The movement of food in a frying pan may not contain supernatural powers, but the concept of the movement may. In a red hot, boiling skillet with the water jumping around somehow the water still manages to keep what liquid is left level with in the pan. It is, from where the saying was born. Every thing will pan out. When I was dealing with the realities of life and sulking in my own dismay my mother would always tell me that no matter what the problem was it would inevitably pan out and that things would return to normalcy. I was aware of what its yen-yang, balance of life background meant, but it took me years to understand it. It was my inpatients that invoked the saying more often then not.
For two years before my sixteenth birthday I worked day in and day out at back breaking landscaping jobs, mountainous fast food gigs, and even as an assistant to a woman who was as compitenant as a four year old with gum in her hair. The issue that spurred from this was that every time I came close to finding a car I could afford or affording a car I wanted I somehow acquired a debt. And after working for two years at jobs a drunken monkey could do I was royally pissed off. My mother noticed my deminer and asked me what the issue was. After a brief conversation she consoled me with her timeless saying and I dismissed it as the babblings of my eccentric mother. But with less than a week to my sixteenth birthday my father pulled in to our driveway with my Supra. Which had been purchased with my money and help from my parents. However with all the excitement of a new car and the prospects of driving well over the posted speed limit I made no hard correlation between my mother's advice and the new car.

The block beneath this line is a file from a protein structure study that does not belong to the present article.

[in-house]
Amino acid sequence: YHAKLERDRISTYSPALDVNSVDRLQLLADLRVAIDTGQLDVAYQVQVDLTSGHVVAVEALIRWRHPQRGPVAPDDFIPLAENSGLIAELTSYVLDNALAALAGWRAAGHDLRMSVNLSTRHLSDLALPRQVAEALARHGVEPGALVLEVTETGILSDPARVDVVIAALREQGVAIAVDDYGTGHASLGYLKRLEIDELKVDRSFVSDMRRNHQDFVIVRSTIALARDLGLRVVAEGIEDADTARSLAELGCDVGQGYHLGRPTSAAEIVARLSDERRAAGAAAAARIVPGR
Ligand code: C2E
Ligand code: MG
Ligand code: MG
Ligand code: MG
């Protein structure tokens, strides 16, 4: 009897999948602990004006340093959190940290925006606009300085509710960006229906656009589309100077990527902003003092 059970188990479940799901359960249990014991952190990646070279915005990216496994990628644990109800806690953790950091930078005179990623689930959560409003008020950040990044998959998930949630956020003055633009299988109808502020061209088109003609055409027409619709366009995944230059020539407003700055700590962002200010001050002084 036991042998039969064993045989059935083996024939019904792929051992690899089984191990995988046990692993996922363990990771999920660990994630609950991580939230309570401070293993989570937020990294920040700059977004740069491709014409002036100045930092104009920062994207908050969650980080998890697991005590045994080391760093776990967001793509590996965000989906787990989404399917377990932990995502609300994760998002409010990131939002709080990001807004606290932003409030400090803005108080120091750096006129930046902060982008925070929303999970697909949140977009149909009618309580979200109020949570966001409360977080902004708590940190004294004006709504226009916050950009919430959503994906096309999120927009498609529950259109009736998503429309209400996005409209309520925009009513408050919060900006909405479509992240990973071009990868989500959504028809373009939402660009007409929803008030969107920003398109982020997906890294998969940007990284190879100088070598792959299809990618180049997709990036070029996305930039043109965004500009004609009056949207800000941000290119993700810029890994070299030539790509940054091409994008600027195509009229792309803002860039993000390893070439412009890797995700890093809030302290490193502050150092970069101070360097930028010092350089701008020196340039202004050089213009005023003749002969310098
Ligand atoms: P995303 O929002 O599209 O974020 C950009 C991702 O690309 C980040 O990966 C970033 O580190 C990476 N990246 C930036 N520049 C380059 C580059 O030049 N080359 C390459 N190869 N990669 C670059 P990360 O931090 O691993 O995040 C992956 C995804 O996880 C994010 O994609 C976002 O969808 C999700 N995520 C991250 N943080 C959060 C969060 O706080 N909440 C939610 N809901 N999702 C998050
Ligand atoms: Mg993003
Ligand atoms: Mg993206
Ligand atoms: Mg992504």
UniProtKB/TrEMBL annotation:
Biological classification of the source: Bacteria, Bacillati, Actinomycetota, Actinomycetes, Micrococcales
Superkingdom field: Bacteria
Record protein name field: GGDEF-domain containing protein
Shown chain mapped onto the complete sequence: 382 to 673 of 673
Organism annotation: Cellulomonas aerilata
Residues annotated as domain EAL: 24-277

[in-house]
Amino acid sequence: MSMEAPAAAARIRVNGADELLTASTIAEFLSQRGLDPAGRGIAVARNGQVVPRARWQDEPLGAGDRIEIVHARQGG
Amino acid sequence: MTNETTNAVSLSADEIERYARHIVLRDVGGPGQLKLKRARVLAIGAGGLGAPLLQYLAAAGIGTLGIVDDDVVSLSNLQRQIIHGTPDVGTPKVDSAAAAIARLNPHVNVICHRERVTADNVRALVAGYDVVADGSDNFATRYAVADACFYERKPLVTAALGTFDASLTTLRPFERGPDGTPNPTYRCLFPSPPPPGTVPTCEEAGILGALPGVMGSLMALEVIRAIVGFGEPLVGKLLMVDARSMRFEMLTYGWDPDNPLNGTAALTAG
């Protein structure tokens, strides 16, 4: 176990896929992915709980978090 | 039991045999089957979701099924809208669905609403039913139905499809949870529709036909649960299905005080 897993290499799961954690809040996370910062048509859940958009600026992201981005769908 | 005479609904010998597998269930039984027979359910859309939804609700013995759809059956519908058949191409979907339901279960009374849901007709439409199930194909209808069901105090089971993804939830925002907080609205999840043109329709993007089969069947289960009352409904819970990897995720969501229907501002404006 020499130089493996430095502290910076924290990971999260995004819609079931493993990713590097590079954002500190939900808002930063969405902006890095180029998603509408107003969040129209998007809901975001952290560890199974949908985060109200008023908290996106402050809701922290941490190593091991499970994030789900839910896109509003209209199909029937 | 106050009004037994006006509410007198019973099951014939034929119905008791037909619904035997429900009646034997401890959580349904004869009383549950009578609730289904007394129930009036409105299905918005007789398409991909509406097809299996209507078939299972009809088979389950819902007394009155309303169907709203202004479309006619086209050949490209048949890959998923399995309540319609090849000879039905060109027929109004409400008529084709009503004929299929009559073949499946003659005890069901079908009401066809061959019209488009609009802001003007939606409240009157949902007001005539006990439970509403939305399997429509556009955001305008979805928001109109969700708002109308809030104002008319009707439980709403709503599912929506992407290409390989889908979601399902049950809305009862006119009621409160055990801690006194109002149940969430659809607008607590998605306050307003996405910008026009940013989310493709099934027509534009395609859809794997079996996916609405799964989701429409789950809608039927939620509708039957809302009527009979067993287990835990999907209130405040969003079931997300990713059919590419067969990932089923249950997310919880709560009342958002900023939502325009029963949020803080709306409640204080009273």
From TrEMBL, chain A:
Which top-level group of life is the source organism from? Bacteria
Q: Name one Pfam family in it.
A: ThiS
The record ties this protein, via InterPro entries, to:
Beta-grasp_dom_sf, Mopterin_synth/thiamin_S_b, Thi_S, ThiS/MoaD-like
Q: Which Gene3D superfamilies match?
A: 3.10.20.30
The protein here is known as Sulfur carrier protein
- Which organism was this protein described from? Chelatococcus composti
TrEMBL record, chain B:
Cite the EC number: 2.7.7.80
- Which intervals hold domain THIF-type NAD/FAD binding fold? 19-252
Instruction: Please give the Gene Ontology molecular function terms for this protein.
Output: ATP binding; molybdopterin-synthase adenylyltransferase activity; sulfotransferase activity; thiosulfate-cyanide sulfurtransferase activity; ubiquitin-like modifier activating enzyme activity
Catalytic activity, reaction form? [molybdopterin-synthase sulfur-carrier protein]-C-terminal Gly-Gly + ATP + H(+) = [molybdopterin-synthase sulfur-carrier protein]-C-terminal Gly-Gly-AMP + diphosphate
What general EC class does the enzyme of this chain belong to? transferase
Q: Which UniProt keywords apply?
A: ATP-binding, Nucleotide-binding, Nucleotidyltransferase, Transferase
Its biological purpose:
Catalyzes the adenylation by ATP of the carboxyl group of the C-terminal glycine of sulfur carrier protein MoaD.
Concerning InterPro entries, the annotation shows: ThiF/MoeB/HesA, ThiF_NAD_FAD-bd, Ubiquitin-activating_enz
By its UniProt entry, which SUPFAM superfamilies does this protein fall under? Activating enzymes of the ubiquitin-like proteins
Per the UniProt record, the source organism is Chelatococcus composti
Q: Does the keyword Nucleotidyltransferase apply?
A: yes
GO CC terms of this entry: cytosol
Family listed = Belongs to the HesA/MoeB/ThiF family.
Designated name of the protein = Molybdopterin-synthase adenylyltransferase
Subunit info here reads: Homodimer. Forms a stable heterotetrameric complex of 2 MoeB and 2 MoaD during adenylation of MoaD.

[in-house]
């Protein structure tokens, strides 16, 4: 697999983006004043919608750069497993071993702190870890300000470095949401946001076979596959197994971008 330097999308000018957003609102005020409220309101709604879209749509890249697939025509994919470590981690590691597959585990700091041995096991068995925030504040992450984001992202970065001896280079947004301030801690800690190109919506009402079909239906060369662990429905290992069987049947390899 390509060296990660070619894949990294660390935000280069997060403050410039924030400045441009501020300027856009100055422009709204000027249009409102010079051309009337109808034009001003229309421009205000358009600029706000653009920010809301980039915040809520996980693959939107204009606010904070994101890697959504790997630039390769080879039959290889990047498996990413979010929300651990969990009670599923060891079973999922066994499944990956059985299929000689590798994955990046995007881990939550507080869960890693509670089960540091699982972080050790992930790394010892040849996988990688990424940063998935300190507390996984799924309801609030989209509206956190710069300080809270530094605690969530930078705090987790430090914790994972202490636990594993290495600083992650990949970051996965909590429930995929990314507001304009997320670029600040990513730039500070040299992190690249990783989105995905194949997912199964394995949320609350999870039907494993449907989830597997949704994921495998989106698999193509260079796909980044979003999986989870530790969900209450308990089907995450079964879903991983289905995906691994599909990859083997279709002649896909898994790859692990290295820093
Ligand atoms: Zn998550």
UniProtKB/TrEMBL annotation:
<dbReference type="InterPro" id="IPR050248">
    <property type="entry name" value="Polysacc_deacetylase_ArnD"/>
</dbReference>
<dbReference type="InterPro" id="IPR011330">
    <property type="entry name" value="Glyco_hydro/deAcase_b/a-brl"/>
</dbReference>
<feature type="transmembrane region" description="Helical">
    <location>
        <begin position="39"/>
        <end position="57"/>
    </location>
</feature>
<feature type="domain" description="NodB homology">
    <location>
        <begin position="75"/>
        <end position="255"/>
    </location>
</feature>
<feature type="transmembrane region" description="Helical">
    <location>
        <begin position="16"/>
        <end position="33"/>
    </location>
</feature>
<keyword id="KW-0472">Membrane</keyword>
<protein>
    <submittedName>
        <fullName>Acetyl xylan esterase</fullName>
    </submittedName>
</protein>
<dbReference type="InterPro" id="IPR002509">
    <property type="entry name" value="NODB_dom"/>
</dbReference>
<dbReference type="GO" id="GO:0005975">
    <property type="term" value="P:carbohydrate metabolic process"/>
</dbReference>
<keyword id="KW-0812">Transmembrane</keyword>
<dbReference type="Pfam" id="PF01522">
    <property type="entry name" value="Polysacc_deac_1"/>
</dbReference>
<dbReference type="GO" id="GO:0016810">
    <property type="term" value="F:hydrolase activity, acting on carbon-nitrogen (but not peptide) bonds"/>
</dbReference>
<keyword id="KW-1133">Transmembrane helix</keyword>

Around three years later I found my self at a fork in the road of my life. While attending Texas A&M on a fifty-fifty achedimic and athletic scholarship I shattered my ankle. Needless to say I lost my athletic ride and needed to figure out how I would continue my college education.